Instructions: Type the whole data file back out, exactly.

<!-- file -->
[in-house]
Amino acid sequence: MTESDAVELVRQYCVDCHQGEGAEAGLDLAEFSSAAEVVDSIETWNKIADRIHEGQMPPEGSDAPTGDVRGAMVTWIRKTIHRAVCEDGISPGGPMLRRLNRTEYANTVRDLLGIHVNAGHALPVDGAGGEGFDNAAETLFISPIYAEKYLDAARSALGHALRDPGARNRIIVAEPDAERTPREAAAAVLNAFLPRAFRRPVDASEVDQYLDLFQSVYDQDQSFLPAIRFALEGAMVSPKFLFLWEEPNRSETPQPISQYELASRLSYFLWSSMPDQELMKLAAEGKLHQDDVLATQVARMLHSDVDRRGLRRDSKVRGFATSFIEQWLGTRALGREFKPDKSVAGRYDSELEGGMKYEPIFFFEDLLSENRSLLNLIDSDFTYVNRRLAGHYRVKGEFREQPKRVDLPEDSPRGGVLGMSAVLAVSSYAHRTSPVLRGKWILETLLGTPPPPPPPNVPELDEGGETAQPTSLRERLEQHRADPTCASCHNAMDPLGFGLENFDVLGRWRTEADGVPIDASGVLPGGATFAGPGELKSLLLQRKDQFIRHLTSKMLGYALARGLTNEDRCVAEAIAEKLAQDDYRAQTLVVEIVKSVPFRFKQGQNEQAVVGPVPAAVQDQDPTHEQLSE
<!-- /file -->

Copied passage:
[in-house]
Amino acid sequence: MTESDAVELVRQYCVDCHQGEGAEAGLDLAEFSSAAEVVDSIETWNKIADRIHEGQMPPEGSDAPTGDVRGAMVTWIRKTIHRAVCEDGISPGGPMLRRLNRTEYANTVRDLLGIHVNAGHALPVDGAGGEGFDNAAETLFISPIYAEKYLDAARSALGHALRDPGARNRIIVAEPDAERTPREAAAAVLNAFLPRAFRRPVDASEVDQYLDLFQSVYDQDQSFLPAIRFALEGAMVSPKFLFLWEEPNRSETPQPISQYELASRLSYFLWSSMPDQELMKLAAEGKLHQDDVLATQVARMLHSDVDRRGLRRDSKVRGFATSFIEQWLGTRALGREFKPDKSVAGRYDSELEGGMKYEPIFFFEDLLSENRSLLNLIDSDFTYVNRRLAGHYRVKGEFREQPKRVDLPEDSPRGGVLGMSAVLAVSSYAHRTSPVLRGKWILETLLGTPPPPPPPNVPELDEGGETAQPTSLRERLEQHRADPTCASCHNAMDPLGFGLENFDVLGRWRTEADGVPIDASGVLPGGATFAGPGELKSLLLQRKDQFIRHLTSKMLGYALARGLTNEDRCVAEAIAEKLAQDDYRAQTLVVEIVKSVPFRFKQGQNEQAVVGPVPAAVQDQDPTHEQLSE